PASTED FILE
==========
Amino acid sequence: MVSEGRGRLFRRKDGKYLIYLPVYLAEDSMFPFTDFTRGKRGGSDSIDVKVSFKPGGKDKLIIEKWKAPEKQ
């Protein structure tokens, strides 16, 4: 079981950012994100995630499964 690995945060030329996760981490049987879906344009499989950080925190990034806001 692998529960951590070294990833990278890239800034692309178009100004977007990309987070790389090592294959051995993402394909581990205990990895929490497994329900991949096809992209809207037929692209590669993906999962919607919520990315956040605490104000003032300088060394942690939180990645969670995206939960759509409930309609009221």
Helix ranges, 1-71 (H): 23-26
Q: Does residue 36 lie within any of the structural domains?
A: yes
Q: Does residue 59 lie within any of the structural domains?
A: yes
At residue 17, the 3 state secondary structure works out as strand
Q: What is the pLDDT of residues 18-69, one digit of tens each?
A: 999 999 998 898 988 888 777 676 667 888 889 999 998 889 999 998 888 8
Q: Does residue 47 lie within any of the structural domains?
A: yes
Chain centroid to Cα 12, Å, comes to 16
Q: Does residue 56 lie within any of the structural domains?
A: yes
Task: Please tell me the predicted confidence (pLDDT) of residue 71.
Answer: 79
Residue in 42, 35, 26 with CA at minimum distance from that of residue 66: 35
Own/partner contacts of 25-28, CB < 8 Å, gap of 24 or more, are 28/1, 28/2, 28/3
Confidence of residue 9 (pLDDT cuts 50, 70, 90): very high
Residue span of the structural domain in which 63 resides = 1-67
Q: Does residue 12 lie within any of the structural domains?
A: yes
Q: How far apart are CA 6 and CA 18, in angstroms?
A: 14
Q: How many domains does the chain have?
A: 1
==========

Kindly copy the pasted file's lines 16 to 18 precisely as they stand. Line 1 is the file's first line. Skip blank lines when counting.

Task: Please tell me the predicted confidence (pLDDT) of residue 71.
Answer: 79
Residue in 42, 35, 26 with CA at minimum distance from that of residue 66: 35